In a vote that appears to have further strengthened the powers of Gov. Phil Murphy, the state Legislature on Thursday passed a bill to end the state’s 15-month-old public health emergency because of the COVID-19 pandemic — but did so while allowing Murphy to retain some of the powers he has had throughout the pandemic until the end of the year.
The proposal, which was expected to pass, did so essentially along party lines — 44-28 in the Assembly and 21-16 in the state Senate. Only two Democrats voted no.
Murphy, Senate President Steve Sweeney (D-West Deptford) and Assembly Speaker Craig Coughlin (D-Woodbridge) hailed the agreement in a joint statement:
“Ending New Jersey’s COVID-19 Public Health Emergency is one of the most significant steps we have taken in our recovery efforts to date. With our state’s public health metrics continuing to trend decisively in the right direction, we are confident that now is the right time to take this action, particularly as the final limits on gatherings are lifted tomorrow.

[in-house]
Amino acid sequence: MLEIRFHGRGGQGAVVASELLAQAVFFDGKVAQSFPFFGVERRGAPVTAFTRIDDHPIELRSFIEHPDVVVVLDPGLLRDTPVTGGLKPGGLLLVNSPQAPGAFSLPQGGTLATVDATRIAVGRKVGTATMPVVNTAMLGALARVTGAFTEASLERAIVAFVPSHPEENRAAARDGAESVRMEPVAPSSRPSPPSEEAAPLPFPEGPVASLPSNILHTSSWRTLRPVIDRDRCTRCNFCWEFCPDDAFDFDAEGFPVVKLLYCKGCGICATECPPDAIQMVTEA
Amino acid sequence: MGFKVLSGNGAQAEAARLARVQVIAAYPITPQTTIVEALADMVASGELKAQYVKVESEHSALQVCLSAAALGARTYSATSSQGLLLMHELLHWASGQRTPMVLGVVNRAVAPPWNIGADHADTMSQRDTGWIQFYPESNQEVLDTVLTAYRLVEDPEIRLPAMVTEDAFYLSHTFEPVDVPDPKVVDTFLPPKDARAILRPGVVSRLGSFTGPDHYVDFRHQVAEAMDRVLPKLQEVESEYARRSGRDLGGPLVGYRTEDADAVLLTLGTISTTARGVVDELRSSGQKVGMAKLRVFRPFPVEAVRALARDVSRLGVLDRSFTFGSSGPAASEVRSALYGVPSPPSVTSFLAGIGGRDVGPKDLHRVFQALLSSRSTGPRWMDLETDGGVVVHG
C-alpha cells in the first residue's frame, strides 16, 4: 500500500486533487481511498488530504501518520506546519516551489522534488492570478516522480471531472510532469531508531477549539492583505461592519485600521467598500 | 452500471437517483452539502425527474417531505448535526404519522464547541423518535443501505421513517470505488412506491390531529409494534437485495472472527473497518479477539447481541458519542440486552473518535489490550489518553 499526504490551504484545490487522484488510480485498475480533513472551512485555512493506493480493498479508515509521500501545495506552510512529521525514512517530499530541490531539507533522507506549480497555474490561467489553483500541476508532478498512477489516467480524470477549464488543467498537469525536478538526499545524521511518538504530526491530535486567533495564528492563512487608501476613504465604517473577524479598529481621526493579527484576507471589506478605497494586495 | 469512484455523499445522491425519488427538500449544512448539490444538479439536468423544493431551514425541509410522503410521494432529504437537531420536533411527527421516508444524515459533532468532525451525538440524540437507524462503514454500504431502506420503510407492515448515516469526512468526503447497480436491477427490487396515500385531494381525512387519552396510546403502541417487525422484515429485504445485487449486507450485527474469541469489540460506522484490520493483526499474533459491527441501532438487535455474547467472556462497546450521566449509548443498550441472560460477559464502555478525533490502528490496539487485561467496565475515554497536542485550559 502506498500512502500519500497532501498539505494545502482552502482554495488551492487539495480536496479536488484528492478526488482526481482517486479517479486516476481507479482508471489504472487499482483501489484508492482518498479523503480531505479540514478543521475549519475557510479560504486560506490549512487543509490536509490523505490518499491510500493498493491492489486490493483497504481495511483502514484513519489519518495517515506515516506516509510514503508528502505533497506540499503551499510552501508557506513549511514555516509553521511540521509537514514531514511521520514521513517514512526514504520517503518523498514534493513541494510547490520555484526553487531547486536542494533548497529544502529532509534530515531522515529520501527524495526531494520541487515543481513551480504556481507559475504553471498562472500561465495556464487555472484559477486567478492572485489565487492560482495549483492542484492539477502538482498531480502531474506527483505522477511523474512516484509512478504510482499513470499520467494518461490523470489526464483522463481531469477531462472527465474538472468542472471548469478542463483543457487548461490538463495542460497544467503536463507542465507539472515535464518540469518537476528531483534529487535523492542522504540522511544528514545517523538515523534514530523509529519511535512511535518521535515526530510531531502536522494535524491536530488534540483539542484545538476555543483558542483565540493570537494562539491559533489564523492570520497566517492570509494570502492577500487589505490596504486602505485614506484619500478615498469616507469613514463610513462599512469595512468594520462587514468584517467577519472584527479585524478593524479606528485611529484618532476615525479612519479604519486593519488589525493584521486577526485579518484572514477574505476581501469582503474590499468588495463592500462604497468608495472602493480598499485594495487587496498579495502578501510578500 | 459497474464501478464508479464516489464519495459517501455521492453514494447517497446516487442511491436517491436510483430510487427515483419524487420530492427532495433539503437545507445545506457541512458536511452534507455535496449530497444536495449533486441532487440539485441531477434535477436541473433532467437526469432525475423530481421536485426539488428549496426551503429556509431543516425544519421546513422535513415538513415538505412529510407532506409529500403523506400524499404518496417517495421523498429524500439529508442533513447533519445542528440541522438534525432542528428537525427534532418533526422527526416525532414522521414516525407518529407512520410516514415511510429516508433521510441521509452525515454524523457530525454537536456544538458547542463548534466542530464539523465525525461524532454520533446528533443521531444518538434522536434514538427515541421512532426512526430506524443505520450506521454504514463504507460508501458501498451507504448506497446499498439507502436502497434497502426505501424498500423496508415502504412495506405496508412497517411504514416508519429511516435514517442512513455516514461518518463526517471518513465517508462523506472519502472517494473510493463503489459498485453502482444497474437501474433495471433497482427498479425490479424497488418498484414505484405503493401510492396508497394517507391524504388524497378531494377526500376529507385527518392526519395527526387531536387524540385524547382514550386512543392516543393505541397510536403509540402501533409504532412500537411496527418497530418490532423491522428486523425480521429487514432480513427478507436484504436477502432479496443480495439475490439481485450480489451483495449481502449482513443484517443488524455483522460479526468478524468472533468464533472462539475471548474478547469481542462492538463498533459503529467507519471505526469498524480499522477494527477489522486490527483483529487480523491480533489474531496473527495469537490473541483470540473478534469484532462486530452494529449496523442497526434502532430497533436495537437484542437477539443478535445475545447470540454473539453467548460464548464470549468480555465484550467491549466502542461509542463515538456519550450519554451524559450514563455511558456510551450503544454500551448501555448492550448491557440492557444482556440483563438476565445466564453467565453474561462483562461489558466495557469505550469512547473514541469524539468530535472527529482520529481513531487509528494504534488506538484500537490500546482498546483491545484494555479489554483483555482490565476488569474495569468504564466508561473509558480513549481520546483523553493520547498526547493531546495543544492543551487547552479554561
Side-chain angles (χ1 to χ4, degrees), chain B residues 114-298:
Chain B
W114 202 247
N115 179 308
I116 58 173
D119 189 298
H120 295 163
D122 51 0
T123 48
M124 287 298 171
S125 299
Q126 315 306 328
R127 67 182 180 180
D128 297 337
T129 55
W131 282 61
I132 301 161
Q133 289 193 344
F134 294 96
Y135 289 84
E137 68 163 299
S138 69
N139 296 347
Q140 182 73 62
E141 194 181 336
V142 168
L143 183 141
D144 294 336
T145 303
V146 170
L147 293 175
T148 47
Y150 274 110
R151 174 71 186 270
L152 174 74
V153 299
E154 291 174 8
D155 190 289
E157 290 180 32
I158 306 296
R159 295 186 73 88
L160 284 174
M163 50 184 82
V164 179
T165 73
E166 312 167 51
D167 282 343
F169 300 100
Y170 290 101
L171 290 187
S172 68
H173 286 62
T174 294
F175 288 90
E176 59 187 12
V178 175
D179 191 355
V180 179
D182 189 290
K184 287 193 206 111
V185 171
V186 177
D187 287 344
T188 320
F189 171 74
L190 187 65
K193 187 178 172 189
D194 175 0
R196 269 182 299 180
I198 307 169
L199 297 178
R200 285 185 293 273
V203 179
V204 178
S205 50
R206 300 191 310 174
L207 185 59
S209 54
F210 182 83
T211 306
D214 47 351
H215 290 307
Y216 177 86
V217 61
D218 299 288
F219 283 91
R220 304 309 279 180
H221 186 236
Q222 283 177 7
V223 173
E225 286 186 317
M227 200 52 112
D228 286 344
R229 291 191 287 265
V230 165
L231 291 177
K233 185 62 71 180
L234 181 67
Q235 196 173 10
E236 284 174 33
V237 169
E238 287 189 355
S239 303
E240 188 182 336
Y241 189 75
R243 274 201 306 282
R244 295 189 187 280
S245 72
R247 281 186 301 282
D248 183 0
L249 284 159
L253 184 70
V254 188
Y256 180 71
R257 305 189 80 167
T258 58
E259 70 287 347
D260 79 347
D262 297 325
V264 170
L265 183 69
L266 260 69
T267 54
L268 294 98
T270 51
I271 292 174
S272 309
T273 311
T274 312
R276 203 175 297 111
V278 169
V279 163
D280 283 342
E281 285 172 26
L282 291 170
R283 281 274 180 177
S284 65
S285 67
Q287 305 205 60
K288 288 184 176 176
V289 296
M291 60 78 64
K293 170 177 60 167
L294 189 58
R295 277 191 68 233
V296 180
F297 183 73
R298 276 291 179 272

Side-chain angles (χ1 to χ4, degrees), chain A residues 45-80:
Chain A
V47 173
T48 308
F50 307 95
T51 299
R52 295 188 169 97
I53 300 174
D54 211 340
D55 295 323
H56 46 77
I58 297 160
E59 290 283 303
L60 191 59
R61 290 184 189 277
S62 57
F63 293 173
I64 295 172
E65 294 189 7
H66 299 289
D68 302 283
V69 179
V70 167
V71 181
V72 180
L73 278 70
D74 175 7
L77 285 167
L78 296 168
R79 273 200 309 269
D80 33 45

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“With passage of this bill today and its signing tomorrow, followed by the governor’s signing of an executive order terminating the Public Health Emergency, we will move closer to normal than at any time since March 2020.”
Republicans — and some boisterous protestors outside — were against the legislation. Some argued that the state of emergency should end when the health emergency ends and should not be subject to conditions. Some argued it may lead to an end to the emergency, but not to the increased powers Murphy has had since the pandemic started.
Sen. Steve Oroho (R-Sparta) denounced the bill.
“This bill would end the public health emergency in name only,” he said. “It’s not fooling anyone, not us, and certainly not the public.
“This bill would allow Gov. Murphy’s executive orders and restrictions to remain in place until next year. When infection rates are plummeting and signs of the virus are rapidly disappearing, that doesn’t make any sense.”